The following Doomgoblin piece first ran in The Soda Killers isssue #4, which there are still a very limited number of copies left of.  Get in touch it you'd like to get one.

Thoughts on the Neutral Milk Hotel Reunion
By Doomgoblin

The Internet just told me that Neutral Milk Hotel got back together and has five shows scheduled. I’m not one to get excited about reunions, but this feels a lot different.

I used to check out CDs from the library in my hometown all the time. Whoever was responsible for buying CDs for the library back then really snuck some gems in there. So I was browsing the collection and I came across this bizarre looking CD. There was a chick in a dress with half a coconut for a head or something. The colors were muted and dreamy and I decided to check it out because I was 15 or 16 and it looked cool. The band name was just as mysterious as the artwork. What kind of band calls themselves Neutral Milk Hotel?

I took it home and sat in my bedroom and listened to it for the first time. I was confused as hell. The guy can barely sing, the horns are unbearably out of tune, and the lyrical content made no sense. But I couldn’t stop listening to it. And the more I listened to it, the more I loved it. The best records are always like that, it seems. Things that take a couple spins to really get under your skin. Not that I refuse to embrace music that is instantly enjoyable, but it just feels more satisfying when you have to put a little more work into it. So I found this record that I knew absolutely nothing about. I didn’t know if I was supposed to love it or mock it. I was a total tabula rasa, you know? It’s been a long time since I’ve listened to something without any preconceived notions about how I should feel about it.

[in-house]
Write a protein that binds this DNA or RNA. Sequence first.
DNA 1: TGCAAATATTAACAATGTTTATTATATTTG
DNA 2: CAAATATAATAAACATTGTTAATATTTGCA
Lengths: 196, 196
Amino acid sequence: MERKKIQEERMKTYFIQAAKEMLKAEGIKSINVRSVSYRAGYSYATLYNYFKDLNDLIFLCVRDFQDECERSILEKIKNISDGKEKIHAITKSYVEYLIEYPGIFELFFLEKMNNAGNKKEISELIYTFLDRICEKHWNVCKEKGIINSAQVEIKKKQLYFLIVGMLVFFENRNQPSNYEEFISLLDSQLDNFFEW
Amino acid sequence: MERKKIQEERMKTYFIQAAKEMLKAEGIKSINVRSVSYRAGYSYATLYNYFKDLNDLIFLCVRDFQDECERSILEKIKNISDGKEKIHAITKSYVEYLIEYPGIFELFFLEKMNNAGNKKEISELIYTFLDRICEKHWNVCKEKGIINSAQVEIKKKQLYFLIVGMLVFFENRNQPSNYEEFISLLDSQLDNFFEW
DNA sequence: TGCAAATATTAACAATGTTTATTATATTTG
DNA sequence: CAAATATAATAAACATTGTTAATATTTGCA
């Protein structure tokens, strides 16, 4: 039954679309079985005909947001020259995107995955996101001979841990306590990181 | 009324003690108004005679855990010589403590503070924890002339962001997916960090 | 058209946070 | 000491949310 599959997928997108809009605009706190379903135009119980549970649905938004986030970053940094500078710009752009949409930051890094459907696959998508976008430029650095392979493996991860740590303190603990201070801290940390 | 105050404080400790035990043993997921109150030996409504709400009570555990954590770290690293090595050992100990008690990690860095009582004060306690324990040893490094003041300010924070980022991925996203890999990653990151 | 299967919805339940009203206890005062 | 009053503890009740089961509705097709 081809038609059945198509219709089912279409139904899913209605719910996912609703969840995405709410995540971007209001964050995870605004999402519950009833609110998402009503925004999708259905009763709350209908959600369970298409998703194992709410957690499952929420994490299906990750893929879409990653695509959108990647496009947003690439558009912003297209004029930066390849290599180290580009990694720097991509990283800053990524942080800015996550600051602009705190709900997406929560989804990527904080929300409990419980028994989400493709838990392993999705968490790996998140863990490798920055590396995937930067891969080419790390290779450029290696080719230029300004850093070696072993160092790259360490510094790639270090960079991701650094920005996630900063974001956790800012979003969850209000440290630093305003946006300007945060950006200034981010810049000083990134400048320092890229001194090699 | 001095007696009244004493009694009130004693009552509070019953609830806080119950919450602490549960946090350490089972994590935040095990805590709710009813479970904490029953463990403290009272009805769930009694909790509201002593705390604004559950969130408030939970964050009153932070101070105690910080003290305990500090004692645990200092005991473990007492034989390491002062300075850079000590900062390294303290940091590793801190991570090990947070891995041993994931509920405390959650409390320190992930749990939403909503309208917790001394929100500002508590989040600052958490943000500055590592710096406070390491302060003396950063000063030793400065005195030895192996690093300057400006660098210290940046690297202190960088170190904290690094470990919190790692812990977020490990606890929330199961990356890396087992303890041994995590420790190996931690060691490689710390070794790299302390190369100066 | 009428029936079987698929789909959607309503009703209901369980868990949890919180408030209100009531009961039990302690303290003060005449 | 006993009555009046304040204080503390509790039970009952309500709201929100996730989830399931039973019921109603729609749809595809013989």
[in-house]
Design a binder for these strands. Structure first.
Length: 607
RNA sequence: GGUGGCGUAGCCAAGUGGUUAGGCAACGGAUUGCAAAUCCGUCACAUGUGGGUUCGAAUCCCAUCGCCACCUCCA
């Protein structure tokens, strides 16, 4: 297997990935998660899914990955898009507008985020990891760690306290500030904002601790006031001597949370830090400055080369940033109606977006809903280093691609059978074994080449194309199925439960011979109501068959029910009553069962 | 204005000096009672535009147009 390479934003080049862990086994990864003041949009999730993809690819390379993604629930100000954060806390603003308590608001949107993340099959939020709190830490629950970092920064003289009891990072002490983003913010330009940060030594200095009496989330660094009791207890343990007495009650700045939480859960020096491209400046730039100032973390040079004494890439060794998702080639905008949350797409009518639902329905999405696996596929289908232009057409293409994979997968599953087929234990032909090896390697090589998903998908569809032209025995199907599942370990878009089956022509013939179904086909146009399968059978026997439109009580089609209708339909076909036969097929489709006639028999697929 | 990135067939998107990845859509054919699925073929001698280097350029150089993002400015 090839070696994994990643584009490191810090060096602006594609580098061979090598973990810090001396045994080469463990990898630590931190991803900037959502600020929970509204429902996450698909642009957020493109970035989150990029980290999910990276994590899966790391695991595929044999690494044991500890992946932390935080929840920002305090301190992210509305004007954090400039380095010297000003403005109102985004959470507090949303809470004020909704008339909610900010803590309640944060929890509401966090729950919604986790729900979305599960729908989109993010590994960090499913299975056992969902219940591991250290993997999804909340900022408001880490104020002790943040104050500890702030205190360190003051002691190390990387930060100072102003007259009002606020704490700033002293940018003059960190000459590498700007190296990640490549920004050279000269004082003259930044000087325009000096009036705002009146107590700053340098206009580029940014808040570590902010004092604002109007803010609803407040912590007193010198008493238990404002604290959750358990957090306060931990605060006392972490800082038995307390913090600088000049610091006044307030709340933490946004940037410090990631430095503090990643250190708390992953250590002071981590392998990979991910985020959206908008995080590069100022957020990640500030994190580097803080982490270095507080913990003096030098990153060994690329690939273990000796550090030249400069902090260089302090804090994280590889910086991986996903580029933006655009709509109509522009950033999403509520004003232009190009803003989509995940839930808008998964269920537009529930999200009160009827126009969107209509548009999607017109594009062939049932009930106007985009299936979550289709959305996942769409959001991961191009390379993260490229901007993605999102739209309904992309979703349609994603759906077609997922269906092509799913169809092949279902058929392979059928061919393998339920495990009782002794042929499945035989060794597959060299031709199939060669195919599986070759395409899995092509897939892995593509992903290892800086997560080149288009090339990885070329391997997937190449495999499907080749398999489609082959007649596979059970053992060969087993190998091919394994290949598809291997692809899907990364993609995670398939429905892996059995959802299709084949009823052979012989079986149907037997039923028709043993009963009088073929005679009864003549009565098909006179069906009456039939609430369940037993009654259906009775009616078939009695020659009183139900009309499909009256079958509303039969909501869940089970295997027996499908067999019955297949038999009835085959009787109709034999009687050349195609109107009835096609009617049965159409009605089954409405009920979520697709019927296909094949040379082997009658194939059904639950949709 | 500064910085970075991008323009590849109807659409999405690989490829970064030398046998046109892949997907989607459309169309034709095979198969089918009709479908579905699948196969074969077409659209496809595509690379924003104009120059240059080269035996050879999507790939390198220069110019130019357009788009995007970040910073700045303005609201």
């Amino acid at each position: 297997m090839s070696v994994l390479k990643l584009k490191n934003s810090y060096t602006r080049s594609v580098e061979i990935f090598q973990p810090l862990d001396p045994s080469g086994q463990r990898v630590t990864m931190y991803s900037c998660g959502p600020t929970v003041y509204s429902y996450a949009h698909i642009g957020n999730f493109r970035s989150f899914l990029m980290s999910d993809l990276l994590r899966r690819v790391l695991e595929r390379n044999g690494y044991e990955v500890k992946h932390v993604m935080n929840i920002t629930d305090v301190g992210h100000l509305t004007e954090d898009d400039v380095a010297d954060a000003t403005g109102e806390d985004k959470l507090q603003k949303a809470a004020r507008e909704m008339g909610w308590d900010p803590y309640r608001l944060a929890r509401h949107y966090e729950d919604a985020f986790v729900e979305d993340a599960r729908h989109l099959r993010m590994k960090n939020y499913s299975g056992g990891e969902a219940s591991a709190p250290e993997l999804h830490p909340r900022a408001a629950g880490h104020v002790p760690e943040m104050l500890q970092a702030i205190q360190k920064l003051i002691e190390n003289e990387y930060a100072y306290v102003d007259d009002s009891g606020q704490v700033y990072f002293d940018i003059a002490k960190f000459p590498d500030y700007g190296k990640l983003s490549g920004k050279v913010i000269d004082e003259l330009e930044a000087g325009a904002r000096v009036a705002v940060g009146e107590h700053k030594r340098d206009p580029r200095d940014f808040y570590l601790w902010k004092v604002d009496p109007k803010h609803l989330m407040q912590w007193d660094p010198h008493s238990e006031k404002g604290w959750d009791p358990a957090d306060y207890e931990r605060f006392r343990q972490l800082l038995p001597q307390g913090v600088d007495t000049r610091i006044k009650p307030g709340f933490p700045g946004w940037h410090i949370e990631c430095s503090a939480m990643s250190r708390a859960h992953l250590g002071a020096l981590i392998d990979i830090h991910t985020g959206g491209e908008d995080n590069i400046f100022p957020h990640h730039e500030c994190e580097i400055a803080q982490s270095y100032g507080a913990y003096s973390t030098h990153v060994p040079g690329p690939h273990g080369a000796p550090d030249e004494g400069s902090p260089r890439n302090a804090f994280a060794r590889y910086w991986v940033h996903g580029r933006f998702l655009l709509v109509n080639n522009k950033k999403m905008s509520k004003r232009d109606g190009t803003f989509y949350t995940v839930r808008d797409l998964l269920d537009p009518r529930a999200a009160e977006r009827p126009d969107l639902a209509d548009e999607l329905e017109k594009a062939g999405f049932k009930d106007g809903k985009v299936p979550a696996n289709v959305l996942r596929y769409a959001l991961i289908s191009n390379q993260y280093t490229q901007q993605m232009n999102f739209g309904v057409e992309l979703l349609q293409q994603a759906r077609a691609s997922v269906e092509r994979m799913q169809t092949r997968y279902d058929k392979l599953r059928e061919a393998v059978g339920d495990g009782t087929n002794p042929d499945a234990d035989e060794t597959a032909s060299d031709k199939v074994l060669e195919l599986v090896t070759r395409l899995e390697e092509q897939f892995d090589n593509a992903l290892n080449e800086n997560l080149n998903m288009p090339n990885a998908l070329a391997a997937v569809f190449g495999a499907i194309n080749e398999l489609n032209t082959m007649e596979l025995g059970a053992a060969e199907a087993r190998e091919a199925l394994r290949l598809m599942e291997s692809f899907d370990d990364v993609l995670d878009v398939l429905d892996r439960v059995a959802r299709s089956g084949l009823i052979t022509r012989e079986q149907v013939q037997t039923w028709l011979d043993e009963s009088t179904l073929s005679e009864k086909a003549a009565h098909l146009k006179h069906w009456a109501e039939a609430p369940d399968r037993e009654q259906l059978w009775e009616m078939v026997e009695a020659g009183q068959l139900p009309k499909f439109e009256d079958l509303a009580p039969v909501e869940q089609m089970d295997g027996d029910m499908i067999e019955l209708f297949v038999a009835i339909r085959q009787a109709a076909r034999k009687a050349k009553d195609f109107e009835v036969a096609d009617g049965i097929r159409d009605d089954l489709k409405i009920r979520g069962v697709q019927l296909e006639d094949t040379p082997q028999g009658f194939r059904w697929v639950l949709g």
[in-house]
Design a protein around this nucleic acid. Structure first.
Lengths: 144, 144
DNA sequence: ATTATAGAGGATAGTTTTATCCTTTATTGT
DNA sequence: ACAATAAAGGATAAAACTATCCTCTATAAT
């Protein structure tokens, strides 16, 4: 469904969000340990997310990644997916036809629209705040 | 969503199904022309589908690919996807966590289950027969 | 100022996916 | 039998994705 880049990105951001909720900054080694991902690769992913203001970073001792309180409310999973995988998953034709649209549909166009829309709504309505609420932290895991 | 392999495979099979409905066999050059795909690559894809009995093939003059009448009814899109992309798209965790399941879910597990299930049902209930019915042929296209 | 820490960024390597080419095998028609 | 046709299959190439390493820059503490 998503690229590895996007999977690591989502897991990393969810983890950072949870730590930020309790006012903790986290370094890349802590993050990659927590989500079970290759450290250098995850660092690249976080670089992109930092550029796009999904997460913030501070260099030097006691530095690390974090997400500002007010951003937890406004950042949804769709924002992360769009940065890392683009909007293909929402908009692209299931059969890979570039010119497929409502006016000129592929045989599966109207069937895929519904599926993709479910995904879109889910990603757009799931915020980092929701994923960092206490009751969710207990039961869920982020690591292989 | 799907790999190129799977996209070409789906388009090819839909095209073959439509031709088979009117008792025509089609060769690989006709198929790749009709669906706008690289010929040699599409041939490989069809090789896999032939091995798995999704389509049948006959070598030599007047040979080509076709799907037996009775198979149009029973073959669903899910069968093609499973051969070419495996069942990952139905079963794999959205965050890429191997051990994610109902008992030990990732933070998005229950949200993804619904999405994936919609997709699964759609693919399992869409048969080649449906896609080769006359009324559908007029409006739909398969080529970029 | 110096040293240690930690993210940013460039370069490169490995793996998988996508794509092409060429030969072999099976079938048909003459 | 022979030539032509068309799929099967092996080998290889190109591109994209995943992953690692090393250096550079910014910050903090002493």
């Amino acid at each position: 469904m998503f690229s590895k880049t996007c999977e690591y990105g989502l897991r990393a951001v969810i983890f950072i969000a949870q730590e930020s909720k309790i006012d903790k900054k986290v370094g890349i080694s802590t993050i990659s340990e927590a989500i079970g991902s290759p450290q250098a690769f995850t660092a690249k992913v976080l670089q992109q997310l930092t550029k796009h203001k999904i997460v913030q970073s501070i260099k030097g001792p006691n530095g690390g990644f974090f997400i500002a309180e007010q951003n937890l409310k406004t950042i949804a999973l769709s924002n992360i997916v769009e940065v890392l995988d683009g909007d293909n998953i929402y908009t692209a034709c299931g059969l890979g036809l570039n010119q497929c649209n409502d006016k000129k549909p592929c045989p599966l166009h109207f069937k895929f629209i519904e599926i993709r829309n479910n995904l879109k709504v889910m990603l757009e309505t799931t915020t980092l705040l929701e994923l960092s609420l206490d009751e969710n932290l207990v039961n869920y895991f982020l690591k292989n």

I was young and I was just starting to really explore music. I was never attracted to top 40 radio, so I just listened to oldies stations and Broadway cast recordings. I started by checking out the musicals from the library. Do you remember those bulky double CD cases? Yuck. Then I moved to the classical section, and the jazz section. The rock section was kind of my final frontier. I didn’t like most of the stuff I picked out, but Neutral Milk Hotel, Radiohead, Cat Power, and Elliot Smith were my gateway drugs. So thanks old library! Thank you for planting the seeds that made me want to discover more music.

I’m so excited about this whole NMH reunion because I never thought I’d ever see them live. They broke up/went on hiatus/whatever shortly after In the Aeroplane Over the Sea was released. Everything I read about them at the time (2002ish?) suggested that Jeff Mangum was a total recluse and it was highly unlikely that we’d ever hear from them again. It’s probably still highly unlikely that I’ll see them live. Even if they do eventually make it up to Minneapolis, I’ll probably forget to buy tickets and then not remember the show is even happening until the day of when it’s too late…unless I can convince someone to get me in for free. Because that’s how I roll. I completely suck at going to shows. But that isn’t the point! The point is that I’m being all nostalgic and happy that they’ve decided to play a couple shows in places far far away from here.

I’m Faster Than My Shadow


HDD Radio #17: New Zine Out!

To celebrate the arrival of the new issue of The Soda Killers, our guy fired up the old HDD studio again for a new pod.  He played a bunch of tunes from 2013, as well as some crusty hardcore punk 7"s and '80s thrash metal.  If you want to hear a dude pretend to smoke pot on the radio and mispronounce German and Swedish band names and song titles in a horrendous Spanish accent, this would be your stop.